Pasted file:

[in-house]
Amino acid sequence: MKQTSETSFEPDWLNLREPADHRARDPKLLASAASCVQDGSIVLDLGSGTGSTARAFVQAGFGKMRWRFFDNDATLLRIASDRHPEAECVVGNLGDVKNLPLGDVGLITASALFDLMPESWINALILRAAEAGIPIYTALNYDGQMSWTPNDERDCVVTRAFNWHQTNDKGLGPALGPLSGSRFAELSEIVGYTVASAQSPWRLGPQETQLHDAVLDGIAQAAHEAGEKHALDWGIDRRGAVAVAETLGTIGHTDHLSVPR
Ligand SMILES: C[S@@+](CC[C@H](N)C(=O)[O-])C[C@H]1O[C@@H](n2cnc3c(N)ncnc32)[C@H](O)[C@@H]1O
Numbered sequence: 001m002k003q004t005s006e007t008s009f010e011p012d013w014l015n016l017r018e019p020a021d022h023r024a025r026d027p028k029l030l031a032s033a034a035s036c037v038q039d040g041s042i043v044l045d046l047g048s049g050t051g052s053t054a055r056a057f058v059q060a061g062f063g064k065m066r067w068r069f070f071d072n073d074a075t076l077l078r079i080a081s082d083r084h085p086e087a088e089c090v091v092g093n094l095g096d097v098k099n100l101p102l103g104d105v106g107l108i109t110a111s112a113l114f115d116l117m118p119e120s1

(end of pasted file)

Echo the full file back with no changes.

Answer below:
[in-house]
Amino acid sequence: MKQTSETSFEPDWLNLREPADHRARDPKLLASAASCVQDGSIVLDLGSGTGSTARAFVQAGFGKMRWRFFDNDATLLRIASDRHPEAECVVGNLGDVKNLPLGDVGLITASALFDLMPESWINALILRAAEAGIPIYTALNYDGQMSWTPNDERDCVVTRAFNWHQTNDKGLGPALGPLSGSRFAELSEIVGYTVASAQSPWRLGPQETQLHDAVLDGIAQAAHEAGEKHALDWGIDRRGAVAVAETLGTIGHTDHLSVPR
Ligand SMILES: C[S@@+](CC[C@H](N)C(=O)[O-])C[C@H]1O[C@@H](n2cnc3c(N)ncnc32)[C@H](O)[C@@H]1O
Numbered sequence: 001m002k003q004t005s006e007t008s009f010e011p012d013w014l015n016l017r018e019p020a021d022h023r024a025r026d027p028k029l030l031a032s033a034a035s036c037v038q039d040g041s042i043v044l045d046l047g048s049g050t051g052s053t054a055r056a057f058v059q060a061g062f063g064k065m066r067w068r069f070f071d072n073d074a075t076l077l078r079i080a081s082d083r084h085p086e087a088e089c090v091v092g093n094l095g096d097v098k099n100l101p102l103g104d105v106g107l108i109t110a111s112a113l114f115d116l117m118p119e120s1